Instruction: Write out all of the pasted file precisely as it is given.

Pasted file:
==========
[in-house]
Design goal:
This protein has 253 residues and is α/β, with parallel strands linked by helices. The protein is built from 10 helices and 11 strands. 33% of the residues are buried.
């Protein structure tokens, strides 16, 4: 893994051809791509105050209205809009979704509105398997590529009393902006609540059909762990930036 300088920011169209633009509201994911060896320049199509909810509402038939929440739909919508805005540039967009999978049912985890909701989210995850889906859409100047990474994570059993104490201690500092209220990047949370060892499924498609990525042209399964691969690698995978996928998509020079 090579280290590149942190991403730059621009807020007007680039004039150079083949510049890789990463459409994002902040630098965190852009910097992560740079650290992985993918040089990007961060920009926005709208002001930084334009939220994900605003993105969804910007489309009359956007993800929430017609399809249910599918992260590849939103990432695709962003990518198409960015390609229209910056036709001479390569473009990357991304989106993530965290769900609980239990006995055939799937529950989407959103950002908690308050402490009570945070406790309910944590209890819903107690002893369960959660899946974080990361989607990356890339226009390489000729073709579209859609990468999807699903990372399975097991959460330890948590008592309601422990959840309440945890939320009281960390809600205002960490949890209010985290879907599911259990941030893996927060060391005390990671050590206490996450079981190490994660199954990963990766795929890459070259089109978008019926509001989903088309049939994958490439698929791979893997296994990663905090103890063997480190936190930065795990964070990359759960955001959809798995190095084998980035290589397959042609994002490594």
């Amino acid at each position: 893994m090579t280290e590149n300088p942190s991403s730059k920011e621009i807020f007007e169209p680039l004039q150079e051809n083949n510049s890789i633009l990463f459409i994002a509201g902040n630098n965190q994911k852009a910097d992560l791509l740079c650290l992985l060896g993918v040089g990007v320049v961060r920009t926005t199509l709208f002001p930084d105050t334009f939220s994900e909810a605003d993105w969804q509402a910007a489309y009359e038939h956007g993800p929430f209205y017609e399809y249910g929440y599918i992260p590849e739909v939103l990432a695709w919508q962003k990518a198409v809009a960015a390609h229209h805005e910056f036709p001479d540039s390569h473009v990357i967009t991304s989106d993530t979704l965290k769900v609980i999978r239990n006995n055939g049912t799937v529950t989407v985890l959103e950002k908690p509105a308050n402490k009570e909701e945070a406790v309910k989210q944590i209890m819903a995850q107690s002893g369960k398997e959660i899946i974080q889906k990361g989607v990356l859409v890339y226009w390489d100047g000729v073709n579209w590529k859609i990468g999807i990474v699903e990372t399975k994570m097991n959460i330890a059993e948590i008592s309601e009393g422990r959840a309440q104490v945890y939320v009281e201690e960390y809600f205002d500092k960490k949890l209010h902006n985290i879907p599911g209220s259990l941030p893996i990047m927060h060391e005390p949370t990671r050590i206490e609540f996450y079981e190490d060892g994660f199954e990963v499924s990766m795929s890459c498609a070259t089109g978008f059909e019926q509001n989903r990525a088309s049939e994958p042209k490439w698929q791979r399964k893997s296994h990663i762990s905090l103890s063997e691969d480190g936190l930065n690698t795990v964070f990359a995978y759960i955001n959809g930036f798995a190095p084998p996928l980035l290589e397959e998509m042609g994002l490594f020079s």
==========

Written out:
[in-house]
Design goal:
This protein has 253 residues and is α/β, with parallel strands linked by helices. The protein is built from 10 helices and 11 strands. 33% of the residues are buried.
């Protein structure tokens, strides 16, 4: 893994051809791509105050209205809009979704509105398997590529009393902006609540059909762990930036 300088920011169209633009509201994911060896320049199509909810509402038939929440739909919508805005540039967009999978049912985890909701989210995850889906859409100047990474994570059993104490201690500092209220990047949370060892499924498609990525042209399964691969690698995978996928998509020079 090579280290590149942190991403730059621009807020007007680039004039150079083949510049890789990463459409994002902040630098965190852009910097992560740079650290992985993918040089990007961060920009926005709208002001930084334009939220994900605003993105969804910007489309009359956007993800929430017609399809249910599918992260590849939103990432695709962003990518198409960015390609229209910056036709001479390569473009990357991304989106993530965290769900609980239990006995055939799937529950989407959103950002908690308050402490009570945070406790309910944590209890819903107690002893369960959660899946974080990361989607990356890339226009390489000729073709579209859609990468999807699903990372399975097991959460330890948590008592309601422990959840309440945890939320009281960390809600205002960490949890209010985290879907599911259990941030893996927060060391005390990671050590206490996450079981190490994660199954990963990766795929890459070259089109978008019926509001989903088309049939994958490439698929791979893997296994990663905090103890063997480190936190930065795990964070990359759960955001959809798995190095084998980035290589397959042609994002490594």
């Amino acid at each position: 893994m090579t280290e590149n300088p942190s991403s730059k920011e621009i807020f007007e169209p680039l004039q150079e051809n083949n510049s890789i633009l990463f459409i994002a509201g902040n630098n965190q994911k852009a910097d992560l791509l740079c650290l992985l060896g993918v040089g990007v320049v961060r920009t926005t199509l709208f002001p930084d105050t334009f939220s994900e909810a605003d993105w969804q509402a910007a489309y009359e038939h956007g993800p929430f209205y017609e399809y249910g929440y599918i992260p590849e739909v939103l990432a695709w919508q962003k990518a198409v809009a960015a390609h229209h805005e910056f036709p001479d540039s390569h473009v990357i967009t991304s989106d993530t979704l965290k769900v609980i999978r239990n006995n055939g049912t799937v529950t989407v985890l959103e950002k908690p509105a308050n402490k009570e909701e945070a406790v309910k989210q944590i209890m819903a995850q107690s002893g369960k398997e959660i899946i974080q889906k990361g989607v990356l859409v890339y226009w390489d100047g000729v073709n579209w590529k859609i990468g999807i990474v699903e990372t399975k994570m097991n959460i330890a059993e948590i008592s309601e009393g422990r959840a309440q104490v945890y939320v009281e201690e960390y809600f205002d500092k960490k949890l209010h902006n985290i879907p599911g209220s259990l941030p893996i990047m927060h060391e005390p949370t990671r050590i206490e609540f996450y079981e190490d060892g994660f199954e990963v499924s990766m795929s890459c498609a070259t089109g978008f059909e019926q509001n989903r990525a088309s049939e994958p042209k490439w698929q791979r399964k893997s296994h990663i762990s905090l103890s063997e691969d480190g936190l930065n690698t795990v964070f990359a995978y759960i955001n959809g930036f798995a190095p084998p996928l980035l290589e397959e998509m042609g994002l490594f020079s």